Martin A. Berger, Seeing Through Race: A Reinterpretation of Civil Rights Photography
Jayna Brown, Babylon Girls: Black Women Performers and the Shaping of the Modern
Anastasia Curwood, Stormy Weather: Middle-Class African American Marriages between the Two World Wars
Tera W. Hunter, To ’Joy My Freedom: Southern Black Women’s Lives and Labors after the Civil War
Lawrence Jackson, The Indignant Generation: A Narrative History of African American Writers and Critics, 1934-1960
Walter Johnson, River of Dark Dreams: Slavery and Empire in the Cotton Kingdom
Andrew W. Kahrl, The Land Was Ours: African American Beaches from Jim Crow to the Sunbelt South
Robin D. G. Kelley, Hammer and Hoe: Alabama Communists during the Great Depression
Jennifer Morgan, Laboring Women: Reproduction and Gender in New World Slavery
Hannah Rosen, Terror in the Heart of Freedom: Citizenship, Sexual Violence, and the Meaning of Race in the Postemancipation South
Nikhil Pal Singh, Black Is a Country: Race and the Unfinished Struggle for Democracy
Stephanie Smallwood, Saltwater Slavery: A Middle Passage from Africa to American Diaspora
Shane Vogel, The Scene of Harlem Cabaret: Race, Sexuality, Performance
Week 1: Aug 28
Reading: 1) Kathleen Brown, “Brave New Worlds: Women’s and Gender History,” William and Mary Quarterly. Third Series, Volume 50, Issue 2 Early American History: Its Past and Future (April 1993): 311-328. (JSTOR)
2) James F. McMillan, “Social History, ‘New Cultural History,’ and the Rediscovery of Politics: Some Recent Work on Modern France,” The Journal of Modern History. Volume 66, Issue 4 (December 1994): 755-772. (JSTOR)
3) Geoffrey Eley, “What Is Cultural History?” New German Critique, No. 65, Cultural History/Cultural Studies. (Spring-Summer, 1995), pp. 19-36. (JSTOR)
Assignment: Write a 1-2 page assessment of cultural history using these three historiographical articles to answer the following questions: What is cultural history? What are its main characteristics? What has this methodology added to the field of historical inquiry in general? How has this methodology become useful to American history in particular?
Racialized Values: The Economics of Slavery, Jim Crow and Post-Civil Rights Discourses
Week 2: Sept 4
Reading: Jennifer Morgan, Laboring Women: Reproduction and Gender in New World Slavery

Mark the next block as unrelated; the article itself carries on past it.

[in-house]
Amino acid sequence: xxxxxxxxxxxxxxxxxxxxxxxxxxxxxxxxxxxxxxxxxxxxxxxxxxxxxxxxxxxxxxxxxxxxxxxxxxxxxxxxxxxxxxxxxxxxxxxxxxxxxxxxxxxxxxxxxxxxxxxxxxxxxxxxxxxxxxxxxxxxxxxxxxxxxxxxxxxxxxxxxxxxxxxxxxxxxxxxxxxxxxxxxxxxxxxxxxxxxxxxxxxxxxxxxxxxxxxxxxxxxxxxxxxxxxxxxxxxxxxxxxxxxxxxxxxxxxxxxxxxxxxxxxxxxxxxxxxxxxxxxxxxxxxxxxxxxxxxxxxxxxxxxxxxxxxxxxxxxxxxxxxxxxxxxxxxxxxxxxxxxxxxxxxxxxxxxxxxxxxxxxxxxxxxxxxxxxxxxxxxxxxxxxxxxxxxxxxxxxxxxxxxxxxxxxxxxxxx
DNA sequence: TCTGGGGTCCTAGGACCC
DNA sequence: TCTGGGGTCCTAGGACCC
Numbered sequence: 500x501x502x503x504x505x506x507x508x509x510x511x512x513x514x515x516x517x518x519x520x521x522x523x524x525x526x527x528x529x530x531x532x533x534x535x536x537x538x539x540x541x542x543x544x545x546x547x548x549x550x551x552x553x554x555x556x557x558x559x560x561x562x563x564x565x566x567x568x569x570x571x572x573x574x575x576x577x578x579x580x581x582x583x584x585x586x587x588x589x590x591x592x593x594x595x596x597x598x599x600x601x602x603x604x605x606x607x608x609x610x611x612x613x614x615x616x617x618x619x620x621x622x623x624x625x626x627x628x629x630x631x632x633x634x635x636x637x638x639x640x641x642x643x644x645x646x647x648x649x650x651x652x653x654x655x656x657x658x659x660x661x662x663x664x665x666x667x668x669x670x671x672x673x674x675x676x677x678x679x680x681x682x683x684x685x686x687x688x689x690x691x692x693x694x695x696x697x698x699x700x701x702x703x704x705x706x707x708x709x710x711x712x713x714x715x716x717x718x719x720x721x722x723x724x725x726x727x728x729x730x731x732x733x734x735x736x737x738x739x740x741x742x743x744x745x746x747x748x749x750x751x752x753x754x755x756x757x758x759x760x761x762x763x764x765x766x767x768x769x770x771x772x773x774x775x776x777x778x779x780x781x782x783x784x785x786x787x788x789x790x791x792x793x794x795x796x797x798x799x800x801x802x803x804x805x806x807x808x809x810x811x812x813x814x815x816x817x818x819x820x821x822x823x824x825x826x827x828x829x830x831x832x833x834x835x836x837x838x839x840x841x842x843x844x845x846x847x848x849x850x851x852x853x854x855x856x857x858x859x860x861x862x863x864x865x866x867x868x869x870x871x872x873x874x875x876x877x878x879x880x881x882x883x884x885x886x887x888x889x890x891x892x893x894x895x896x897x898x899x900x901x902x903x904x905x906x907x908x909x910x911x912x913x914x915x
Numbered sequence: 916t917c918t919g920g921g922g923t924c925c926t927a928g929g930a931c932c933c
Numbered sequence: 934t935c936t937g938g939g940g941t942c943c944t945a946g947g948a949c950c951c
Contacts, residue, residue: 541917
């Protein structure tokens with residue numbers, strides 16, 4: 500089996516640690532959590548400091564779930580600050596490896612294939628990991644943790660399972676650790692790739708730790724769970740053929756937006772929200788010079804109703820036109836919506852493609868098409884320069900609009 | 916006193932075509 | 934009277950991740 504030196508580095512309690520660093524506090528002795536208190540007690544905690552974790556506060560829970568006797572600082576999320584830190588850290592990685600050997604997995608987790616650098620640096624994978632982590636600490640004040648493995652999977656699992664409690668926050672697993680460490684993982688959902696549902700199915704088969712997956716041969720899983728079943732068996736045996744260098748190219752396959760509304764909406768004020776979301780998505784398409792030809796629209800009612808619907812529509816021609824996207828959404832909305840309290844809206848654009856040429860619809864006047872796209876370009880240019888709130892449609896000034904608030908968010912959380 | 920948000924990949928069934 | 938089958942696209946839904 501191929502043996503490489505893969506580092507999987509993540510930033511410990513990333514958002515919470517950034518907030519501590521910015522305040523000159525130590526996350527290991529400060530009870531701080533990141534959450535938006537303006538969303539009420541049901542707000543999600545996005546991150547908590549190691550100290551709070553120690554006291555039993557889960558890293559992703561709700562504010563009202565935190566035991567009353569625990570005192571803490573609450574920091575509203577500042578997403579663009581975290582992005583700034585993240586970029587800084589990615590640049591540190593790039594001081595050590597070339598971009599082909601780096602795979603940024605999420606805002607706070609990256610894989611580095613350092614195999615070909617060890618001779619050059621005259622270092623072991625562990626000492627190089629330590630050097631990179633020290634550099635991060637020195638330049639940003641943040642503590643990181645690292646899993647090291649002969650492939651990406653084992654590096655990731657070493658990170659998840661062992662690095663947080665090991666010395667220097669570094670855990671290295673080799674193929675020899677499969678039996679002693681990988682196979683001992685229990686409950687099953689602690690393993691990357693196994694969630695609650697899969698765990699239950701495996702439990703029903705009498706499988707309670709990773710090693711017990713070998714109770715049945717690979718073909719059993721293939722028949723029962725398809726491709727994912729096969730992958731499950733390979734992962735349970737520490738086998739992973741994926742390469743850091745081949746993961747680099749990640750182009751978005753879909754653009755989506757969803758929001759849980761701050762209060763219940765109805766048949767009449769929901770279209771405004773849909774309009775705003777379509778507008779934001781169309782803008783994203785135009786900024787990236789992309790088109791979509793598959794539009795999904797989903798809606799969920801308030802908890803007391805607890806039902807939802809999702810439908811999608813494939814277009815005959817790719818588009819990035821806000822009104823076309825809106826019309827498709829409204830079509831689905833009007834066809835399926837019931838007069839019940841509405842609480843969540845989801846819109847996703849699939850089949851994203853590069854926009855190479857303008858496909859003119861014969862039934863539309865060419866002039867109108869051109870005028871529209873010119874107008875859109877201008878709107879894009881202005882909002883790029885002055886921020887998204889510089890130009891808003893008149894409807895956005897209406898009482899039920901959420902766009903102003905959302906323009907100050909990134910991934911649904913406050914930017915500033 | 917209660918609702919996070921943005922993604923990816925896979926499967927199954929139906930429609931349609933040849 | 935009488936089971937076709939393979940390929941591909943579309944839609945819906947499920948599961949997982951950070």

Historiographical Options: Kathleen Brown, Good Wives, Nasty Wenches, and Anxious Patriarchs; E. Morgan, American Slavery, American Freedom; Sharpe, Ghosts of Slavery: A Literary Archaeology of Black Women’s Lives; White, Ar’n’t I a Woman: Female Slaves in the Plantation South; Bush, Slave Women in Caribbean Society; McLaurin, Celia, A Slave; Evelyn Brooks Higginbotham, "African-American Women's History and the Metalanguage of Race," Signs 17, no. 2 (Winter 1992): 251-274; Kimberle Crenshaw, "Mapping the Margins: Intersectionality, Identity Politics, and Violence against Women of Color," Stanford Law Review 43, no. 6 (July 1991): 1241-1299; Jennifer C. Nash, "Re-Thinking Intersectionality," Feminist Review 89 (2008): 1-15.
Week 3: Sept 11
Reading: Stephanie Smallwood, Saltwater Slavery: A Middle Passage from Africa to American Diaspora
Historiographical Options: Hartman, Lose Your Mother: A Journey along the Atlantic Slave Route; Gomez, Exchanging Our Country Marks: The Transformation of African Identities in the Colonial and Antebellum South; Hall, Africans in Colonial Louisiana: The Development of Afro-Creole Culture in the Eighteenth Century; Stuckey, Slave Culture: Nationalist Theory and the Foundations of Black America; Sobel, The World They Made Together: Black and White Values in Eighteenth-Century Virginia; Rediker, The Slave Ship: A Human History; Harms, The Diligent: Worlds of the Slave Trade Week 4: Sept 18
Reading: Walter Johnson, River of Dark Dreams: Slavery and Empire in the Cotton Kingdom
Historiographical Options: Johnson, Soul by Soul: Life Inside the Antebellum Slave Market; Nash, The Forgotten Fifth; Dubois, Avengers of the New World; Williams, Capitalism and Slavery; Dunn, Sugar and Slaves: The Rise of the Planter Class in the English West Indies; E. Morgan, American Slavery, American Freedom; Roediger, The Wages of Whiteness Week 5: Sept 25
Reading: Tera W. Hunter, To ’Joy My Freedom: Southern Black Women’s Lives and Labors after the Civil War
Historiographical Options: Schwalm, A Hard Fight for We: Women’s Transition from Slavery to Freedom in South Carolina; Gilmore, Gender and Jim Crow; Mitchell, Righteous Propagation: African Americans and the Politics of Racial Destiny after Reconstruction; Hahn, A Nation under Our Feet; Bates, Pullman Porters and the Rise of Protest Politics in Black America, 1925-1945; Honey, Southern Labor and Black Civil Rights; Clark-Lewis, Living In, Living Out: African American Domestics and the Great Migration; MacLean, Behind the Mask of Chivalry
Week 6: Oct 2
Reading: Andrew W. Kahrl, The Land Was Ours: African American Beaches from Jim Crow to the Sunbelt South
Historiographical Options: O’Malley, Face Value: The Entwined Histories of Money and Race in America; Weems, Desegregating the Dollar; Green, Selling the Race: Culture, Community, and Black Chicago, 1940-1955; Manring, Slave in a Box: The Strange Career of Aunt Jemima; Chambers, Madison Avenue and the Color Line; Moreton, To Serve God and Wal-Mart: The Making of Christian Free Enterprise Sexing Racial Modernities
Week 7: Oct 9
Reading: Hannah Rosen, Terror in the Heart of Freedom: Citizenship, Sexual Violence, and the Meaning of Race in the Postemancipation South